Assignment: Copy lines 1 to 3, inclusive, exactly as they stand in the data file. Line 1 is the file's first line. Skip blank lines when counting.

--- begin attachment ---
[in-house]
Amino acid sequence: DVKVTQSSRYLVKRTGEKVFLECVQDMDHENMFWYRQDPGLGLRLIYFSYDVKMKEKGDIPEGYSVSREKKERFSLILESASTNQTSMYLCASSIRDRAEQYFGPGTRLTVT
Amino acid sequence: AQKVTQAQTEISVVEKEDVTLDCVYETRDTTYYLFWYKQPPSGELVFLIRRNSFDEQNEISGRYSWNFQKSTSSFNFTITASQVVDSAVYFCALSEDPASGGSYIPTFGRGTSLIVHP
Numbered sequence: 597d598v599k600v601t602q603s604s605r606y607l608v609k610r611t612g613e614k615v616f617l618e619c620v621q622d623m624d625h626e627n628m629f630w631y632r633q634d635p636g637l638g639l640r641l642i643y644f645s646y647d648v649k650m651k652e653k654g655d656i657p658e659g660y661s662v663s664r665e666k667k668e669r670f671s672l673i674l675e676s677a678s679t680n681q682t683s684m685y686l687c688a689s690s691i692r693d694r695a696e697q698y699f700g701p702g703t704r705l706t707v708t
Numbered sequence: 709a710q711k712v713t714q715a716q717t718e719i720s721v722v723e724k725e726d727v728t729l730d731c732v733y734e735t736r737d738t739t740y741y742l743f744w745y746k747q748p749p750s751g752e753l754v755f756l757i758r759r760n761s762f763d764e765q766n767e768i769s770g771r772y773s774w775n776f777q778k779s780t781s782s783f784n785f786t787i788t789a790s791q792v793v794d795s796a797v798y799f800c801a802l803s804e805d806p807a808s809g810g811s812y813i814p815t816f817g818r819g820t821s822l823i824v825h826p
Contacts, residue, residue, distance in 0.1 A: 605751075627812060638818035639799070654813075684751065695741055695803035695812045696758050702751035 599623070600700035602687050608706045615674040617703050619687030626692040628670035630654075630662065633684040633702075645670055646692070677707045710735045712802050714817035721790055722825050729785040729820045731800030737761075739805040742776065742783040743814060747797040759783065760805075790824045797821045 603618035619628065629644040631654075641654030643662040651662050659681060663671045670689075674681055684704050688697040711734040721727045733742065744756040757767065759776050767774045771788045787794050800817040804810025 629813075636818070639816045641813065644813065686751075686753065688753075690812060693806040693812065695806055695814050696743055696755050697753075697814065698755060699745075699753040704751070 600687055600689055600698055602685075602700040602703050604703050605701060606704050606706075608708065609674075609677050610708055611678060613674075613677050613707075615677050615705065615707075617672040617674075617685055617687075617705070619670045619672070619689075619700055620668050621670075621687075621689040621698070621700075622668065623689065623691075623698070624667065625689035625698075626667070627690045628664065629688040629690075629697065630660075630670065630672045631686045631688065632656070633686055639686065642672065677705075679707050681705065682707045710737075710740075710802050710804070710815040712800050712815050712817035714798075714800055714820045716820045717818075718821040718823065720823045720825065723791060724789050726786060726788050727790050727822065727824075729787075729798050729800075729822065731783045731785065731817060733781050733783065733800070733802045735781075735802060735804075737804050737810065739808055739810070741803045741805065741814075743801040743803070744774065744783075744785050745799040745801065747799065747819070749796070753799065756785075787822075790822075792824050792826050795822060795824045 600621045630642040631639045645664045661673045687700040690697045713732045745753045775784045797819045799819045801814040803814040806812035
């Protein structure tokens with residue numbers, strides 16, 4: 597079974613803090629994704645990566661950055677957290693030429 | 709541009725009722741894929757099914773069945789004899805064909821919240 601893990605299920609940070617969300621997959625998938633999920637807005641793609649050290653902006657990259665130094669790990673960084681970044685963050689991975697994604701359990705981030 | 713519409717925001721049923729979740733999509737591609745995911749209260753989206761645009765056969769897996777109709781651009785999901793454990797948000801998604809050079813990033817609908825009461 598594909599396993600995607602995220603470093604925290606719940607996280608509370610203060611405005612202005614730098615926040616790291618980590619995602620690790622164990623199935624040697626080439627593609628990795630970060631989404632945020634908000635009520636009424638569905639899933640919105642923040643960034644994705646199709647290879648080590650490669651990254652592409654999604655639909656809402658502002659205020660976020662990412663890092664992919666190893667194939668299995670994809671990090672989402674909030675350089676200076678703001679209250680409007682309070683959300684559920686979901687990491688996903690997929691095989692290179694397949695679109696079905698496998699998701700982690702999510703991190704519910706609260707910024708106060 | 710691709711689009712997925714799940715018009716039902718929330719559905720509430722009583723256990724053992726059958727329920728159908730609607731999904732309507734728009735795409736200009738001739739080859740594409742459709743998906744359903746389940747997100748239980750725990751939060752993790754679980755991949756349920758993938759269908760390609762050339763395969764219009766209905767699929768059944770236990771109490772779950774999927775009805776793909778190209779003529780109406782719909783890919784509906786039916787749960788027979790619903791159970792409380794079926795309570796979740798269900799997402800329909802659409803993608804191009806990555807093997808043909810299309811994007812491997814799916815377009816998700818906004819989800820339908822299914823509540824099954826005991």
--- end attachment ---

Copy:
[in-house]
Amino acid sequence: DVKVTQSSRYLVKRTGEKVFLECVQDMDHENMFWYRQDPGLGLRLIYFSYDVKMKEKGDIPEGYSVSREKKERFSLILESASTNQTSMYLCASSIRDRAEQYFGPGTRLTVT
Amino acid sequence: AQKVTQAQTEISVVEKEDVTLDCVYETRDTTYYLFWYKQPPSGELVFLIRRNSFDEQNEISGRYSWNFQKSTSSFNFTITASQVVDSAVYFCALSEDPASGGSYIPTFGRGTSLIVHP